Surge in Telemedicine One ‘Good’ Outcome from COVID-19 Crisis, Doctors Say

Surge in Telemedicine One ‘Good’ Outcome from COVID-19 Crisis, Doctors Say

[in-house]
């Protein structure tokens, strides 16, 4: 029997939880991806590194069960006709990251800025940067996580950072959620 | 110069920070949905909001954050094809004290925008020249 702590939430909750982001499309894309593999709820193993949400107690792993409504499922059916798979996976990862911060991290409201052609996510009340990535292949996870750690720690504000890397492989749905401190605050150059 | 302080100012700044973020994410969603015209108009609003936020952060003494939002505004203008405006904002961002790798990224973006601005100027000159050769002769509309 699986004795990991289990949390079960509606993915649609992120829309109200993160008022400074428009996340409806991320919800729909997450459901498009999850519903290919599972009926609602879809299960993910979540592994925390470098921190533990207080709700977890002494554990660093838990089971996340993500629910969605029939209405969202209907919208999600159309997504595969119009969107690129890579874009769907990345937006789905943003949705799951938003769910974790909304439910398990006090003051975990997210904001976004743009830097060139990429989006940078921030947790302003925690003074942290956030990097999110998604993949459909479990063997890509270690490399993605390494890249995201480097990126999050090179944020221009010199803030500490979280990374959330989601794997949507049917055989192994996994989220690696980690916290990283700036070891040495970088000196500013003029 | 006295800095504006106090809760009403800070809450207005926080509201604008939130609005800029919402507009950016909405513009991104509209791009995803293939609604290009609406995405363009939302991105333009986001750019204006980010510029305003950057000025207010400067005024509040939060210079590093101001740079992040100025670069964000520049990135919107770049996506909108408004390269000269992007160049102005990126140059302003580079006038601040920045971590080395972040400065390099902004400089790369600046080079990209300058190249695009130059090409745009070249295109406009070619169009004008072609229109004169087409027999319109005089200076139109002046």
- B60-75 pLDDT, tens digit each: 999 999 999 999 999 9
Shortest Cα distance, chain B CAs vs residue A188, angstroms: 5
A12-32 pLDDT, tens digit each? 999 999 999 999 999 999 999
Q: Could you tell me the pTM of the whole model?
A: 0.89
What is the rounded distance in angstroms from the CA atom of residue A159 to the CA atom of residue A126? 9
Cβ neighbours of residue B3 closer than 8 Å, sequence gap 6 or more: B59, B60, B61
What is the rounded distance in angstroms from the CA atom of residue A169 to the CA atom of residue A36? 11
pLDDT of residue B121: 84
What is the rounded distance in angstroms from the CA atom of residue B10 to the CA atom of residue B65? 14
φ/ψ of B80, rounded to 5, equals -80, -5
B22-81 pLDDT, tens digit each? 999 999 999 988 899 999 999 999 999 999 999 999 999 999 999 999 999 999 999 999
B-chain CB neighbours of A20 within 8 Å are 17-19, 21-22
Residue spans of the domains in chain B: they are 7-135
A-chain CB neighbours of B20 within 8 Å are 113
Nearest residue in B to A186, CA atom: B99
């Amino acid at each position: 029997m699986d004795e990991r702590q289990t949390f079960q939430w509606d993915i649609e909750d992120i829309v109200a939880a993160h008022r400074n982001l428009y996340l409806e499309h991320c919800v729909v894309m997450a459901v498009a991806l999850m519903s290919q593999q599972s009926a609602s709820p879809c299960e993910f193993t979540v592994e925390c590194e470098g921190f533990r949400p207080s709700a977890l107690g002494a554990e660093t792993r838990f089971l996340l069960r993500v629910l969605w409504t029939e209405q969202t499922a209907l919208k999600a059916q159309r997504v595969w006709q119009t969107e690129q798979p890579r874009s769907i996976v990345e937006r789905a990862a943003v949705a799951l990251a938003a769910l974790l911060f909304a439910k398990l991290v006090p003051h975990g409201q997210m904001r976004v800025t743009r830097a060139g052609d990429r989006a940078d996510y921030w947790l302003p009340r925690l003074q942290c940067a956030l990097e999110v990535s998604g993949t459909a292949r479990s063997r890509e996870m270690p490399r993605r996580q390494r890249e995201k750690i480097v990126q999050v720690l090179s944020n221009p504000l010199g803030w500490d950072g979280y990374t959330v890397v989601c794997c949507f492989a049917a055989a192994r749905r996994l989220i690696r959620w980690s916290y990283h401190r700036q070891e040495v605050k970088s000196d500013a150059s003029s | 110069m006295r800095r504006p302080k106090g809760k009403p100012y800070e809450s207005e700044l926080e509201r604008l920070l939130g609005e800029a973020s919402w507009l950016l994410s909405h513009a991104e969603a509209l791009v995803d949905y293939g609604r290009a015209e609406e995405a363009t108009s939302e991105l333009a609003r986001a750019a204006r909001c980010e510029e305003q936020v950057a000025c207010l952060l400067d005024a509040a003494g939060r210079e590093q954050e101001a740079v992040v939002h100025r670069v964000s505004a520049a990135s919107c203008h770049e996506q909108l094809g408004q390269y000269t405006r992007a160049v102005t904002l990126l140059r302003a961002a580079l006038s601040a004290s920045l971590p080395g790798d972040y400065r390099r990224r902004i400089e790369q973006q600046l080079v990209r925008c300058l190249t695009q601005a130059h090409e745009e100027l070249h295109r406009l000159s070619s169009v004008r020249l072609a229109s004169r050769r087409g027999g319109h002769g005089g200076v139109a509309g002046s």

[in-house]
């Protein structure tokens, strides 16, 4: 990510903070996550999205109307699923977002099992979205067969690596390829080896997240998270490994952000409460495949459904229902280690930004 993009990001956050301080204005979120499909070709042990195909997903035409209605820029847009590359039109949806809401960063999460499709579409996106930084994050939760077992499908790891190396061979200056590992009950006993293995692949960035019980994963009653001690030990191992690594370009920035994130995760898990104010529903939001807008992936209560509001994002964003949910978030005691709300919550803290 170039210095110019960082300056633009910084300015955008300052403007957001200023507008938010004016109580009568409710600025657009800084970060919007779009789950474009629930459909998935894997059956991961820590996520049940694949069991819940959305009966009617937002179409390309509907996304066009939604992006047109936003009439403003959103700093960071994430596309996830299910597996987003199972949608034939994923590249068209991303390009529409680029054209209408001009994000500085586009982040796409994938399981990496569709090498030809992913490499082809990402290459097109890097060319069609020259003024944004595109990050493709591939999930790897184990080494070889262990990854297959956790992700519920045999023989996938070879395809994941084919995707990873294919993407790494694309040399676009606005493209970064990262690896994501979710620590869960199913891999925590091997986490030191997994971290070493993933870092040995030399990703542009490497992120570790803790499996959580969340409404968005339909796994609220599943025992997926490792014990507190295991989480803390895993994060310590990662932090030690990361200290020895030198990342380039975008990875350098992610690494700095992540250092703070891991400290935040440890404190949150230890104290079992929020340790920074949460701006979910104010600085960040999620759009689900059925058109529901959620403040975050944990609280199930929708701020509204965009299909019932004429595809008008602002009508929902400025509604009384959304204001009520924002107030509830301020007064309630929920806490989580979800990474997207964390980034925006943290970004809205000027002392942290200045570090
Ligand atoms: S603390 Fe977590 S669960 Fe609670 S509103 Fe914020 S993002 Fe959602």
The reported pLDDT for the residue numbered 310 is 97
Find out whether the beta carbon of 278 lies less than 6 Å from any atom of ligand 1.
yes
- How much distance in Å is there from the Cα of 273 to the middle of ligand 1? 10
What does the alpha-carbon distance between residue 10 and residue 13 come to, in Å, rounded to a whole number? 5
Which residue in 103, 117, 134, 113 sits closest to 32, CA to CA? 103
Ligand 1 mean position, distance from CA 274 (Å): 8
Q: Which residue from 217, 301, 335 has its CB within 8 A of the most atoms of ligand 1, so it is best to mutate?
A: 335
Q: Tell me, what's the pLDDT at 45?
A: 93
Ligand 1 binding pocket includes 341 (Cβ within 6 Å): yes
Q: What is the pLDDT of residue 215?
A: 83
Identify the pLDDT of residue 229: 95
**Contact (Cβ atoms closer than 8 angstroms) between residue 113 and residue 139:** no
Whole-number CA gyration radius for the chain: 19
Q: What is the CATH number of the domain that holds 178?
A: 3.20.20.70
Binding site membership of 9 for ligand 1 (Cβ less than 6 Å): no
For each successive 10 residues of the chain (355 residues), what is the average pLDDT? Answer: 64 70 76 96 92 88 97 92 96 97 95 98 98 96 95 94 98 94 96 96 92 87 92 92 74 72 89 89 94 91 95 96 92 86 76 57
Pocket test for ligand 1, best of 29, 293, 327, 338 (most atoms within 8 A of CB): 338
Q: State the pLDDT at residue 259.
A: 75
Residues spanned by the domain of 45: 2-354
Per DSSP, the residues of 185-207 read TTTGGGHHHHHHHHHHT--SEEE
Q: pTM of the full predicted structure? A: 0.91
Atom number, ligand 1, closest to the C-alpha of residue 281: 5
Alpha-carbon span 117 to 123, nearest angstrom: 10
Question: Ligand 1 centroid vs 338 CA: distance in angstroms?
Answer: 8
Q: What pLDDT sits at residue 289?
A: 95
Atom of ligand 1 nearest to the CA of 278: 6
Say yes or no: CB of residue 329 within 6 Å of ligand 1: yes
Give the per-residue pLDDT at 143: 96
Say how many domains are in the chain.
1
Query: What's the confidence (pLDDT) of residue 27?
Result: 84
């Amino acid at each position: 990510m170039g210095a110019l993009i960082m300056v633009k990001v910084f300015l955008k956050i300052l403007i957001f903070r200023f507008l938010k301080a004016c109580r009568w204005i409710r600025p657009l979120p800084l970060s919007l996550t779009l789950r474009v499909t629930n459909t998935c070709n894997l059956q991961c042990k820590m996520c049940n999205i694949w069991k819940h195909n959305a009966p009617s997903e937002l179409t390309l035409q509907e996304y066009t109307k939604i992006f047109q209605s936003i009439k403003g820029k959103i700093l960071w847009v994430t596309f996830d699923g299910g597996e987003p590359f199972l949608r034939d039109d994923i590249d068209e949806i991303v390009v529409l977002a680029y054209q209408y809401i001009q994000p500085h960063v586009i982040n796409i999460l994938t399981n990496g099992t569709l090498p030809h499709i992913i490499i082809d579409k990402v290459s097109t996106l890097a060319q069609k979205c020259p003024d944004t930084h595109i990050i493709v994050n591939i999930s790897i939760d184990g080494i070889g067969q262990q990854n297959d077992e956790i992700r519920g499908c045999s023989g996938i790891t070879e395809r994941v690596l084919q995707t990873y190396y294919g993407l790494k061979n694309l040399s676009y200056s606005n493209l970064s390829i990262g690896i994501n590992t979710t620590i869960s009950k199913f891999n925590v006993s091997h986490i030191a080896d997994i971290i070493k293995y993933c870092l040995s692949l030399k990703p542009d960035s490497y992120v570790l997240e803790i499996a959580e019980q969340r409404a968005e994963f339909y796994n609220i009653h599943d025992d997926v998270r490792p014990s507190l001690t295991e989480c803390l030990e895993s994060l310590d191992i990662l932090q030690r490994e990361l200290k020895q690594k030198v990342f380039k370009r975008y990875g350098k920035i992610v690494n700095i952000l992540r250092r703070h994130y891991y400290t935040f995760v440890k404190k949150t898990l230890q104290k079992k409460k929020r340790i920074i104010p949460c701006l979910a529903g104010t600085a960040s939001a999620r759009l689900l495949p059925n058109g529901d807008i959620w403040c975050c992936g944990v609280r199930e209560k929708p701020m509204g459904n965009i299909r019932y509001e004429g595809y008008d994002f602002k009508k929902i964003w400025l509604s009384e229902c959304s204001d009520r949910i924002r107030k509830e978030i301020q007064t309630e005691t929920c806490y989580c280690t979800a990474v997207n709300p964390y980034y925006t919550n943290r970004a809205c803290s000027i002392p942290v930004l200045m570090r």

While there are few silver linings to the cloud created by COVID-19, the pandemic that has killed tens of thousands, hobbled economies worldwide and drove millions to quarantine in their homes, one may be a new appreciation of telemedicine. "If something good could come out of this crisis, it's that we would learn how valuable telehealth could be to our community," said Steven Shook, a neurologist at the Cleveland Clinic in Ohio. Shook specializes in neuromuscular disorders such as Parkinson's, muscular dystrophy, myasthenia gravis, spinal muscular atrophy (SMA), and amyloid lateral sclerosis (ALS), and in polyneuropathy. "People are going to want more — they're going to want it to continue to be part of their medical care," Shook said in a phone interview with BioNews Services, the parent company of this website. Telemedicine is the use of technology, devices like a laptop or desktop, telephone or smartphone, to connect directly with a healthcare professional — doctors, specialists, nurses, therapists, psychologists — from just about anywhere you can get a connection: your home, your car, your office. It's the doctor's house call, 21st century style. But it arguably took a pandemic to bring telemedicine to the fore. COVID-19 is a highly contagious and utterly new coronavirus, and its arrival put doctors' offices and hospital visits off-limits to all but emergency cases. People who have chronic diseases or take treatments that weaken or suppress their immune systems — whether Crohn's, Friedreich's ataxia, lupus, lymphoma (and most cancers), multiple sclerosis, sarcoidosis, or scleroderma — are at specia
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